The opinion of the court was delivered by: COOPER
The union moves pursuant to Rule 12 F.R. Civ. P. to dismiss the first cause of action.
Yale Transport Corp. and Yale Express System, Inc. (hereinafter Management) move pursuant to Rule 12 F.R. Civ. P. to dismiss the second, third and fourth causes of action.
This memorandum undertakes to dispose of both motions.
Union's Motion to Dismiss
Plaintiffs aver that they now have, and for several years have had, substantial claims and grievances against management arising out of the collective bargaining agreement; that despite its repeated demands over a period of six years, the union constantly failed and still refuses to prosecute in good faith these claims and grievances against management - thereby breaching its fiduciary duty to plaintiffs.
(Complaint [paras.] 9, 10, 12).
Judge Moore in Belk v. Allied Aviation Service Company of New Jersey, Inc., 2 Cir., 1963, 315 F.2d 513, specifically reserved for future determination the very issue before this Court: Does an employee state a claim under § 301 Labor Management Relations Act, 29 USC § 185, when he alleges that the union refuses or fails to prosecute in good faith his grievance against the employer, thus breaching its duty? Cf. Brandt v. U.S. Lines, Inc., S.D.N.Y., 1964, 246 F. Supp. 982, 55 LRRM 2665.
The union contends that plaintiffs' allegations define a breach of duty of fair representation as distinct from a breach of duty under the collective bargaining agreement, and so fails to state a claim cognizable under § 301. As we see it, the allegations contained in the first cause of action are sufficient to state a claim under § 301.
The broad authority of the union as exclusive bargaining representative is accompanied by a duty of fair representation, and this duty is "subject always to complete good faith and honesty of purpose in the exercise of its [authority]." Ford Motor Co. v. Huffman, 345 U.S. 330, 337-338, 97 L. Ed. 1048, 73 S. Ct. 681 (1953); Humphrey v. Moore, 375 U.S. 335, 11 L. Ed. 2d 370, 84 S. Ct. 363 (1964). Cf. Syres v. Oil Workers Union, 350 U.S. 892, 100 L. Ed. 785, 76 S. Ct. 152 (1955).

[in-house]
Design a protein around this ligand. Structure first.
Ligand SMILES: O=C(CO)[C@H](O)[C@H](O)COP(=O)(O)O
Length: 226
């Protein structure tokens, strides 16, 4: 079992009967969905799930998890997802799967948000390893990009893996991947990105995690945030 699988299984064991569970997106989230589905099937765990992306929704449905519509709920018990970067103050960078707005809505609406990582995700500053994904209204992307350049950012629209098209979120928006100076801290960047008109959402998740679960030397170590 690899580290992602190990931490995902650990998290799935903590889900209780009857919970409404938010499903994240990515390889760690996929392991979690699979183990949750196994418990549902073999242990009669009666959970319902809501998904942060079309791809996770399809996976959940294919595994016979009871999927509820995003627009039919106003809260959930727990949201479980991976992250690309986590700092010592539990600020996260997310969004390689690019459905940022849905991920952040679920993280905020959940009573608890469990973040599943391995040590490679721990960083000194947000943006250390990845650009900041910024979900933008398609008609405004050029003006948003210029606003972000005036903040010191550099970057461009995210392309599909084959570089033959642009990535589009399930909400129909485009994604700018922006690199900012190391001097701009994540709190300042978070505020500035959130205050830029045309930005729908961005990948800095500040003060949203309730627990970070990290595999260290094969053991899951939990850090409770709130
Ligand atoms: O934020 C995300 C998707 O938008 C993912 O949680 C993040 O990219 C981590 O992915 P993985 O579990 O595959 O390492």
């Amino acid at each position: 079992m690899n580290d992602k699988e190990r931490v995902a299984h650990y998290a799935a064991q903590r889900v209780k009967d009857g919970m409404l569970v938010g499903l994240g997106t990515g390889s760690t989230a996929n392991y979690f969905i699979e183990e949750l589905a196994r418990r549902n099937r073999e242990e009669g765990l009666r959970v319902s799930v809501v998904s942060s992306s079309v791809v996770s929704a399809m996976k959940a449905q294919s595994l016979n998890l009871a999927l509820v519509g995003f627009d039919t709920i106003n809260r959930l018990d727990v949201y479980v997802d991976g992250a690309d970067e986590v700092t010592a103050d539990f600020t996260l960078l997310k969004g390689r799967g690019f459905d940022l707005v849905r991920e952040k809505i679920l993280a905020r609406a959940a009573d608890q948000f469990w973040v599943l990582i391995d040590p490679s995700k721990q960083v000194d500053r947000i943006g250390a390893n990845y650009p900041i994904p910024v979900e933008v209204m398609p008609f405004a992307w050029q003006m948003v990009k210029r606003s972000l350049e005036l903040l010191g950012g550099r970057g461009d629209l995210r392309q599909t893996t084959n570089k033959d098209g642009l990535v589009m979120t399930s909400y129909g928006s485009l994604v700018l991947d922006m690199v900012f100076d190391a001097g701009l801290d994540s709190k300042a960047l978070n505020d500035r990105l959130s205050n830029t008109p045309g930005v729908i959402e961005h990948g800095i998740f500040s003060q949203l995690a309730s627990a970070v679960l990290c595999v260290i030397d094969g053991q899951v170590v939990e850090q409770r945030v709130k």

The duty imposed upon the union stems from its function under the collective bargaining agreement.
The rights of the individual employee are inseparably intertwined with the responsibility of the union to enforce them. A breach of the duty of fair representation gives rise to a claim under § 301. Humphrey v. Moore, supra; International Longshoremen's & Warehousemen's U. v. Kuntz, 9 Cir., 1964, 334 F.2d 165; Bieski v. Eastern Automobile Forwarding Co., D. Delaware, 1964, 231 F. Supp. 710. Cf. Cox, Rights Under a Labor Agreement, 69 Harv. L. Rev. 601 (1956); Summers, Individual Rights in Collective Agreements and Arbitration, 37 N.Y.U.L. Rev. 363 (1962); Federal Protection of Individual Rights Under Labor Contracts, 73 Yale L.J. 1215, 1226-1232 (1964).
Viewing the complaint in a light most favorable to plaintiffs, as we must under Rule 12 F.R. Civ. P., an averment of past and continuing claims and grievances arising under the collective bargaining agreement, coupled with an allegation of a breach of the union's fiduciary duty to prosecute these grievances in good faith,
sufficiently asserts a breach of duty imposed upon the union by the agreement.
A union's failure to fairly represent its members at a stage after commencement of the grievance procedure gives rise to a § 301 cause of action. Humphrey v. Moore, supra; International Longshoremen's & Warehousemen's U. v. Kuntz, supra; Bieski v. Eastern Automobile Forwarding Co., supra.
Surely it would be an anomaly to hold that when the failure of fair representation is brought about by wrongful refusal to initiate the grievance procedure, a claim under § 301 does not lie. The right of access to the grievance process is essential to the protection of the employee's rights under the agreement. In both situations the resultant harm is the same - the employee is denied enforcement of his rights under the agreement.
Denial is evermore burdensome when the union is in the sole possession of the mechanism for vindication of his rights. The courts have recognized that to require an employee to submit an issue to the grievance procedure when, as here, he has alleged failure of the union to prosecute his claim, as well as his past futility over many years of effort to have his claim adjusted,
is to force him to entrust his representation to the very union which he claims refused him fair representation. Such judicial direction is not available. Woodward Iron Co. v. Ware, 5 Cir., 1958, 261 F.2d 138; United Protective Workers of America v. Ford Motor Co., 7 ...